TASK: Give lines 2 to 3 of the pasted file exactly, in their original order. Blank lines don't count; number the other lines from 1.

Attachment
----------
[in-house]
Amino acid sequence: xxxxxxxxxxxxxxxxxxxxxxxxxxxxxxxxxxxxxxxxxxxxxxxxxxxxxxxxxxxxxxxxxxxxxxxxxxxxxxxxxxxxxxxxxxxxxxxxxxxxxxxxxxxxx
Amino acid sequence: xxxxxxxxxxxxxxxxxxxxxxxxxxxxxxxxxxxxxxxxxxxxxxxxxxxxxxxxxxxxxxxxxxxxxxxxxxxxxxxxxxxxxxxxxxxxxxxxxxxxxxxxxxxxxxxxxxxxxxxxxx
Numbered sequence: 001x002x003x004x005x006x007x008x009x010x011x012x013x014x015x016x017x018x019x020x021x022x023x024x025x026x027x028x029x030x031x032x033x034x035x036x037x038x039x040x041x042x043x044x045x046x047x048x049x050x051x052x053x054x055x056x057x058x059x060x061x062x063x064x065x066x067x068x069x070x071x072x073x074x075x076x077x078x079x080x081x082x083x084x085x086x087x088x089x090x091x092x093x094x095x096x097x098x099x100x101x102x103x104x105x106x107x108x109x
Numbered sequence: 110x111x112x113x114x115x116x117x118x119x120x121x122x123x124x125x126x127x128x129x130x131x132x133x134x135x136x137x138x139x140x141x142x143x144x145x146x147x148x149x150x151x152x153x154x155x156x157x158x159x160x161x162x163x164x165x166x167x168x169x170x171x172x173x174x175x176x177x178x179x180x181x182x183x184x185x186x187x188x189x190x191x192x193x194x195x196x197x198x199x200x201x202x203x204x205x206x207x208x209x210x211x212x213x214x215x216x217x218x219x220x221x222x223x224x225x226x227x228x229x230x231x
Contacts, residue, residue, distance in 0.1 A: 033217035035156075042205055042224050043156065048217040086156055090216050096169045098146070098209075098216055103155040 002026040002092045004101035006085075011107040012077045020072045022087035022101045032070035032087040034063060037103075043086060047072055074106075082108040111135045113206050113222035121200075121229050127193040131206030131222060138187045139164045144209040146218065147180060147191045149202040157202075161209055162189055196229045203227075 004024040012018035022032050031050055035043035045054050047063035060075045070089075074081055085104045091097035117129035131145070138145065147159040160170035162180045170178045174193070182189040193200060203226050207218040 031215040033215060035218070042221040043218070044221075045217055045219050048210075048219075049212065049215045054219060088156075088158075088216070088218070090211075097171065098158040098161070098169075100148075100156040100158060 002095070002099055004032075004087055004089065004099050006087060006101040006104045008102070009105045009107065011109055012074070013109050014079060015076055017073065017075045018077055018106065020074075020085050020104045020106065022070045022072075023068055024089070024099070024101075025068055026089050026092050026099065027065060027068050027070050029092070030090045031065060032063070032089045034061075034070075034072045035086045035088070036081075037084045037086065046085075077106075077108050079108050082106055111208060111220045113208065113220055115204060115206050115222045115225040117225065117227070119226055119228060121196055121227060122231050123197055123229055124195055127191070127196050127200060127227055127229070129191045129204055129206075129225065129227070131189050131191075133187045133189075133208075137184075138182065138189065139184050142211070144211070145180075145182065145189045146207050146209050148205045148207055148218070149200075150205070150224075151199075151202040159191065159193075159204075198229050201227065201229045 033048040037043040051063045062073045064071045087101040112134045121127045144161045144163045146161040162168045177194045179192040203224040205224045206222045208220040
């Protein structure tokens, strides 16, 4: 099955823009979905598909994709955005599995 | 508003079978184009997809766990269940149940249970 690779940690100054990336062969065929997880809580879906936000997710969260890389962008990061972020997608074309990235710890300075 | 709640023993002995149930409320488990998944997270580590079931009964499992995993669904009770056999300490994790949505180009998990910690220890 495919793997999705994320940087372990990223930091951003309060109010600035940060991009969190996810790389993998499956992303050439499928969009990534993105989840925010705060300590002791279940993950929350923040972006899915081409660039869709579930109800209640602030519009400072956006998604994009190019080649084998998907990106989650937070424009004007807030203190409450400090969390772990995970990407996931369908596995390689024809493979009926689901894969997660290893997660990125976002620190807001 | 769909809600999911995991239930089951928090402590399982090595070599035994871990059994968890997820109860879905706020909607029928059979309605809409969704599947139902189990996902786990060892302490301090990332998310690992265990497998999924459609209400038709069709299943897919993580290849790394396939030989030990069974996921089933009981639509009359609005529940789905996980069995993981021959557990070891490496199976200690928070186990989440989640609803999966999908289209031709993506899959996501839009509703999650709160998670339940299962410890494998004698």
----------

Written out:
Amino acid sequence: xxxxxxxxxxxxxxxxxxxxxxxxxxxxxxxxxxxxxxxxxxxxxxxxxxxxxxxxxxxxxxxxxxxxxxxxxxxxxxxxxxxxxxxxxxxxxxxxxxxxxxxxxxxxx
Amino acid sequence: xxxxxxxxxxxxxxxxxxxxxxxxxxxxxxxxxxxxxxxxxxxxxxxxxxxxxxxxxxxxxxxxxxxxxxxxxxxxxxxxxxxxxxxxxxxxxxxxxxxxxxxxxxxxxxxxxxxxxxxxxx